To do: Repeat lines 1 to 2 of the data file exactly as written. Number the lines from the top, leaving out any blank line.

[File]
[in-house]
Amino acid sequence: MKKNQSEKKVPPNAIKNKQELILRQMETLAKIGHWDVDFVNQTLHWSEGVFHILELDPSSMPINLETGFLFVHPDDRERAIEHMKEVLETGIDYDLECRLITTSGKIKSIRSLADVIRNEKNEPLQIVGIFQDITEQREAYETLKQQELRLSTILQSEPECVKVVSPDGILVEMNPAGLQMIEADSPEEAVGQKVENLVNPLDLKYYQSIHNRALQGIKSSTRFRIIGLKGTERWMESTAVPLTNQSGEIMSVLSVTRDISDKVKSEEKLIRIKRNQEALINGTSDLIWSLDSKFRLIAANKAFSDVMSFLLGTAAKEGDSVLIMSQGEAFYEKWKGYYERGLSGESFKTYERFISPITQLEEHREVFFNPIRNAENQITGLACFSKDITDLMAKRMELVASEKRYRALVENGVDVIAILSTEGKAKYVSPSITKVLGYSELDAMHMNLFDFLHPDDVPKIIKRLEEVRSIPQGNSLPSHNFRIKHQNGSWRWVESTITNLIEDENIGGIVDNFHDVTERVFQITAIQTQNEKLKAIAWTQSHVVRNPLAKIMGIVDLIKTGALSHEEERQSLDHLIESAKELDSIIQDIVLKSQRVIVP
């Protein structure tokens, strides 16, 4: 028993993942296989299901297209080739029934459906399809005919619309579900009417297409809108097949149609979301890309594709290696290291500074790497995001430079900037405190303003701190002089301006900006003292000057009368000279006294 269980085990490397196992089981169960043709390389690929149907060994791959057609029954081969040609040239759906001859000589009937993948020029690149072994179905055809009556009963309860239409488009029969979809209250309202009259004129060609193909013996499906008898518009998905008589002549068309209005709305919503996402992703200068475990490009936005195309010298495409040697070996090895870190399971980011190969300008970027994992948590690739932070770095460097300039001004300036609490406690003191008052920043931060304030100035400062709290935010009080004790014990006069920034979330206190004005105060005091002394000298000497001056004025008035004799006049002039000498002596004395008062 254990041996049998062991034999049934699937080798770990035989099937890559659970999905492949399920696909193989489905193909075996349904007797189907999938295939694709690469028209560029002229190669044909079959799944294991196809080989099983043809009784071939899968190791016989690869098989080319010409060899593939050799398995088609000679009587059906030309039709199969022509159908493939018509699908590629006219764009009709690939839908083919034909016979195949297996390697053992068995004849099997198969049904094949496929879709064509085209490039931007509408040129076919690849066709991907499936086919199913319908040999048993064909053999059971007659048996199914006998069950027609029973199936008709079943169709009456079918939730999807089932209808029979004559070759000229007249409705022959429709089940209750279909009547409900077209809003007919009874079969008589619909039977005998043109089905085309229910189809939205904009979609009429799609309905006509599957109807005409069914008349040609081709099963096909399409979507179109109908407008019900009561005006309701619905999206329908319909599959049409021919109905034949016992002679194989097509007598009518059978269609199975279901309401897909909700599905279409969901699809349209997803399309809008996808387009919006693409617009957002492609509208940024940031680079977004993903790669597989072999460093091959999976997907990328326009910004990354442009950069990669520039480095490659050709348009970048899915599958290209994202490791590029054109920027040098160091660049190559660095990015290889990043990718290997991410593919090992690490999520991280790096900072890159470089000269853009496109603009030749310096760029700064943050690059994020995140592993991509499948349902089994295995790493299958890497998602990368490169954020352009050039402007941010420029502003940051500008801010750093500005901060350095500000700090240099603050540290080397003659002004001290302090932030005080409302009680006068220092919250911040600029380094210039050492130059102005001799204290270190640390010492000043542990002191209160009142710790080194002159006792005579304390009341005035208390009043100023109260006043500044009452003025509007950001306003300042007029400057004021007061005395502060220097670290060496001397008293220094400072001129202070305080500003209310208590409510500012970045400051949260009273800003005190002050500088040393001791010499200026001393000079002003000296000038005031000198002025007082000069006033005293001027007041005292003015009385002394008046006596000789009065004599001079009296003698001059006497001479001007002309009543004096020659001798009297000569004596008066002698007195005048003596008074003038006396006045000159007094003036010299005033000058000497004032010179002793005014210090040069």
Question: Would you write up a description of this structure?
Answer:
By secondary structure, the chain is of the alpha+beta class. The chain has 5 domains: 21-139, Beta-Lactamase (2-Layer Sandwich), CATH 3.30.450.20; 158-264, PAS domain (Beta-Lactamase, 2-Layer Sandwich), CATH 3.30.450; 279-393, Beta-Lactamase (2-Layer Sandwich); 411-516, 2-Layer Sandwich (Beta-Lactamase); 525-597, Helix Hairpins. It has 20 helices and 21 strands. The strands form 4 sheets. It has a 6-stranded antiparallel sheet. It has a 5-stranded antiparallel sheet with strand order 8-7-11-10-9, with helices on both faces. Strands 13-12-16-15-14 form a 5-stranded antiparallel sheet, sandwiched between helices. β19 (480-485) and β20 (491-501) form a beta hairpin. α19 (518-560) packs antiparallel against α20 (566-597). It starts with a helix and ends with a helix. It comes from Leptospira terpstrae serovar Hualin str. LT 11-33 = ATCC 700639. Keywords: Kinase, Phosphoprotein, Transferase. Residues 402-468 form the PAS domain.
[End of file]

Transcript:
[in-house]
Amino acid sequence: MKKNQSEKKVPPNAIKNKQELILRQMETLAKIGHWDVDFVNQTLHWSEGVFHILELDPSSMPINLETGFLFVHPDDRERAIEHMKEVLETGIDYDLECRLITTSGKIKSIRSLADVIRNEKNEPLQIVGIFQDITEQREAYETLKQQELRLSTILQSEPECVKVVSPDGILVEMNPAGLQMIEADSPEEAVGQKVENLVNPLDLKYYQSIHNRALQGIKSSTRFRIIGLKGTERWMESTAVPLTNQSGEIMSVLSVTRDISDKVKSEEKLIRIKRNQEALINGTSDLIWSLDSKFRLIAANKAFSDVMSFLLGTAAKEGDSVLIMSQGEAFYEKWKGYYERGLSGESFKTYERFISPITQLEEHREVFFNPIRNAENQITGLACFSKDITDLMAKRMELVASEKRYRALVENGVDVIAILSTEGKAKYVSPSITKVLGYSELDAMHMNLFDFLHPDDVPKIIKRLEEVRSIPQGNSLPSHNFRIKHQNGSWRWVESTITNLIEDENIGGIVDNFHDVTERVFQITAIQTQNEKLKAIAWTQSHVVRNPLAKIMGIVDLIKTGALSHEEERQSLDHLIESAKELDSIIQDIVLKSQRVIVP